Noted essayist Cynthia Ozick begins her new, alliterative collection with a nearly heretical thought in this kinetic cyber-age: "Journalism is a necessity, but it is not a permanence. When I hear someone (seventy-plus or twenty-something) utter 'my generation,' I know I am in the vicinity of a light mind." Rest assured that should you choose to pick up Quarrel & Quandary, you will not be in the vicinity of a light mind. Rather, Ozick embarks, as all essayists must, on a journey of attempted understanding. She fiddles with Crime and Punishment in the context of the Unabomber. She wonders if the world wouldn't be better without Anne Frank's diary. She questions the rights of historical novelists and wrestles, as always, with the Holocaust. Her essays are sometimes obscure, often politically incorrect, sometimes personal and even humorous. But they are always intelligent and written in sparkling, near perfect prose.
I admit it; I am not a reader of essays. Normally I shun them as much as I would recoil from an invite to go see a big screen remake of "Charlie's Angels." The thought of either would make me shudder. As to the former, perhaps I had my fill of Kant in college, or maybe reading "Gorgias" finally put me over some particular intellectual edge that I've yet to recover from twenty years later. Whatever the cause, I've spent very little time with pedantic or polemical prose since. So what it was that made me pick up "Quarrel and Quandary" is still beyond my ken, especially because I have never read any of Ozick's fiction. That said, it's satisfying to report that there is some life left in the old essay form yet, at least as practiced by Ms. Ozick. The Three Screens, as she calls them--TV, cinema, and computer--have not completely made moot the challenge of good writing or intricate analysis, and these Ozick patently demonstrates. You may not turn these pages at accelerated rates, hanging on every word, but you may just as easily marvel at her gifted turn of phrase, not to mention nuance of thought, as you would any plot by the latest faddish producer of pot-boilers. One thing you'll have to admit when you read this collection is that Ms. Ozick has an active mind on her shoulders, and she has the specific skill of being able to plausibly place on the page the arguments she has constructed in her head. You'll also notice that she has the uncanny ability to link diverse subjects. In a universe that is haystack filled with competing straws of information, she has a certain facility for finding one straw and sensing its relationship with another where the intimacy is by no means self-evident. It should come as no shock that her work herein just received the National Book Critics Circle Award for criticism. So, kudos to Ms. Ozick, who entertained me in unexpected ways--and who should do the same for you.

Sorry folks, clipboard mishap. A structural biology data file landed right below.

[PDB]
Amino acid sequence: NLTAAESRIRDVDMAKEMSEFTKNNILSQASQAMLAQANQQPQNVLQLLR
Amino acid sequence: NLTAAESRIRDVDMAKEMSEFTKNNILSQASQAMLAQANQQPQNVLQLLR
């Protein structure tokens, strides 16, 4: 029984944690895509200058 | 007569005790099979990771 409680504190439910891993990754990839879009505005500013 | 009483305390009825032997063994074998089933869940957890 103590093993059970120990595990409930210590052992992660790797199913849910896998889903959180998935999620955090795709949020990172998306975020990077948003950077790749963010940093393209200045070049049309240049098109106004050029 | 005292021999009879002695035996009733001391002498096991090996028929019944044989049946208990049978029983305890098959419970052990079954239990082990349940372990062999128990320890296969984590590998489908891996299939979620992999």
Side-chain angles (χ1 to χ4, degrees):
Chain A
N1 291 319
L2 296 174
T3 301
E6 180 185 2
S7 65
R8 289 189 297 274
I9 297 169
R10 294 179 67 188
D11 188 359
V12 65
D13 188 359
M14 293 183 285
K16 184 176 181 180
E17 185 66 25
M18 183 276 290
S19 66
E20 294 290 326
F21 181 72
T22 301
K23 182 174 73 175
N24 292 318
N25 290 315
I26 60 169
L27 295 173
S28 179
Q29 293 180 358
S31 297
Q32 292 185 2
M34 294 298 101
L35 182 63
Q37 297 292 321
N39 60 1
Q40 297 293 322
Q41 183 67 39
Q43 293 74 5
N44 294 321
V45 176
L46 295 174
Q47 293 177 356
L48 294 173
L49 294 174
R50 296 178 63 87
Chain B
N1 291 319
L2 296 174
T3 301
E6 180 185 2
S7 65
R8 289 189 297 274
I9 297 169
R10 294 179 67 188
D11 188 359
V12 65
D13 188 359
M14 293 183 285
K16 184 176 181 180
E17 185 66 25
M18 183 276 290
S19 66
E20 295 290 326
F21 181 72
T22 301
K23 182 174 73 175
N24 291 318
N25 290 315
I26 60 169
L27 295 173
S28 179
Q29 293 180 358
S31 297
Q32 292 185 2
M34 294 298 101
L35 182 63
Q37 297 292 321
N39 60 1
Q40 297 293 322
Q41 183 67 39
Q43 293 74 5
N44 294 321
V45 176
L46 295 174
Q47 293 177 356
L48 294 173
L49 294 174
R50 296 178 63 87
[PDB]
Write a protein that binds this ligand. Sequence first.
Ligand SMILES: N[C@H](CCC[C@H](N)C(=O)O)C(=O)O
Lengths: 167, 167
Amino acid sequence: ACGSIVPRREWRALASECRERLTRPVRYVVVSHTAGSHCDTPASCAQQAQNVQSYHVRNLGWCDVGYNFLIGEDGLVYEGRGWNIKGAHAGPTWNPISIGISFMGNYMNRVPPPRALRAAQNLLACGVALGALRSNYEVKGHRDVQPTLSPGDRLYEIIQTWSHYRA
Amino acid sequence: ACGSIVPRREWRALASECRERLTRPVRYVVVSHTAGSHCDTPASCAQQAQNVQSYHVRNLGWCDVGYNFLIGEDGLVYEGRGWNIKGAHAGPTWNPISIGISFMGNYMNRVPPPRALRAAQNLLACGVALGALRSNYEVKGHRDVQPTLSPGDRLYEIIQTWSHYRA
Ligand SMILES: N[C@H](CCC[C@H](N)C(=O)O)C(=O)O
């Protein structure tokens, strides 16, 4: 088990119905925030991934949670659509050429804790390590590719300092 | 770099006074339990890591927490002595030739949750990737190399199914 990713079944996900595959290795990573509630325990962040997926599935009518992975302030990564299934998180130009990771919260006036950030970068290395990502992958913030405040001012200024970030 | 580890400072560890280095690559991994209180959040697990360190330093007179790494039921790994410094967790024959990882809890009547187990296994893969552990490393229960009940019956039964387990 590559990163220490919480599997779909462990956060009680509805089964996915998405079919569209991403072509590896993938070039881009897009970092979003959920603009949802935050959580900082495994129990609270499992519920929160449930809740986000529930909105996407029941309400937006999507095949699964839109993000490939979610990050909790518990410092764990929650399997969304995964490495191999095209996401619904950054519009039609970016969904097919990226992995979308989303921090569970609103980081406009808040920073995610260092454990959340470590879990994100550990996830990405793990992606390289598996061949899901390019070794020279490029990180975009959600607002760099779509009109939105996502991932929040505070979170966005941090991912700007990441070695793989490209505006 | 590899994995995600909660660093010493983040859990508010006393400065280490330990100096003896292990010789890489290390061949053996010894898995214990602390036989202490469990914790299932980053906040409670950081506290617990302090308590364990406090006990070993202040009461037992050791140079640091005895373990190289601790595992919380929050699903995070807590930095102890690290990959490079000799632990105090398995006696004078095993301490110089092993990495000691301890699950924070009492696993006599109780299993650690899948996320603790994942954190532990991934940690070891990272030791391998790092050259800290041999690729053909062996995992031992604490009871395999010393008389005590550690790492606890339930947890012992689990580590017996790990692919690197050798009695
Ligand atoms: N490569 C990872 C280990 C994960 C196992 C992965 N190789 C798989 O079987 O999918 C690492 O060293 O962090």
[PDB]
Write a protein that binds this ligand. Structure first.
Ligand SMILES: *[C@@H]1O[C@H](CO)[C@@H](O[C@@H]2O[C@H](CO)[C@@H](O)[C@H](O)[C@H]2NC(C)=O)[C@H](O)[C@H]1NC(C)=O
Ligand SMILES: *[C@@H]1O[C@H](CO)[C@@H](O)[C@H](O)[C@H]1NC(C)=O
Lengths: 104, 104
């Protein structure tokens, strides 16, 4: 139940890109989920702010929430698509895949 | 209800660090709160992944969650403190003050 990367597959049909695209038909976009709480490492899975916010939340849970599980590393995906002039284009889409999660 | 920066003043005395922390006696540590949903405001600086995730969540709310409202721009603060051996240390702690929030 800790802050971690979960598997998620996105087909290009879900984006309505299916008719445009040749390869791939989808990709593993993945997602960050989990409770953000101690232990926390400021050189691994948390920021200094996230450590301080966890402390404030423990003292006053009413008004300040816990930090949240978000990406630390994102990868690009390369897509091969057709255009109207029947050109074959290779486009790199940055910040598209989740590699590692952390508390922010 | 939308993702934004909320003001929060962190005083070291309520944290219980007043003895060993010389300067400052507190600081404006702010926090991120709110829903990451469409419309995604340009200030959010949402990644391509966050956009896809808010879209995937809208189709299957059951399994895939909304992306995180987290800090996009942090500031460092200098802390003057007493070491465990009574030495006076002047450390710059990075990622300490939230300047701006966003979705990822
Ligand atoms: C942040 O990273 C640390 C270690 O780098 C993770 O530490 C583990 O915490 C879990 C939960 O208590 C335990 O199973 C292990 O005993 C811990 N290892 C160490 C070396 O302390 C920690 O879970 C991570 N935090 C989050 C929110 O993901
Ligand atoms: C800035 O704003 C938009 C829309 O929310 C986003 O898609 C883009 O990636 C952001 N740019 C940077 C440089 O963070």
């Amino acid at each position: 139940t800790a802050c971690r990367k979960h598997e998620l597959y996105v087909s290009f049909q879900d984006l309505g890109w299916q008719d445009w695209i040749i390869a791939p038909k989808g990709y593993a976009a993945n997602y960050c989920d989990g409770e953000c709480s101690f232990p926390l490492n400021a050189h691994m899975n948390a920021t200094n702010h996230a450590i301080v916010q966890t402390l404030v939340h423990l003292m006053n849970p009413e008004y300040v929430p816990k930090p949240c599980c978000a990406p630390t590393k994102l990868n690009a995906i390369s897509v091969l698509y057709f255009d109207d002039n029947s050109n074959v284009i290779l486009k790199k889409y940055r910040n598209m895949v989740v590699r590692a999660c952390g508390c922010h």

Ozick is an earnest and profound writer. She shares that quality her mentor Henry James so valued,the quality of ' high seriousness'. Her essays not only reveal a discerning literary intelligence but a wise moral voice. In her essays here she like the metaphysical poets yanks together subjects from seemingly diverse worlds and makes meaning of the connection between them. The crimes of modern radical terrorists are connected to Dostoevsky's Raskolnikov's going outside and beyond the moral law- the commercial exploitation of the memory of Anne Frank connected with the general failing to properly comprehend the true meaning of the Holocaust-
Ozick is a writer who loves writers and writes about them especially well.
This is one of those books which the reader will afterwards feel a wiser person for having read.
It's a testament to Ozick's intellectual and persuasive power that her epic takedown of Crime and Punishment in this collection of essays had a dear friend and I on the phone for HOURS, arguing about whether or not she had a point. I love the attitude that Ozick brings to all of her essays, and the amount she works herself (and her readers) up. This is a book to be treasured. Read it with a friend.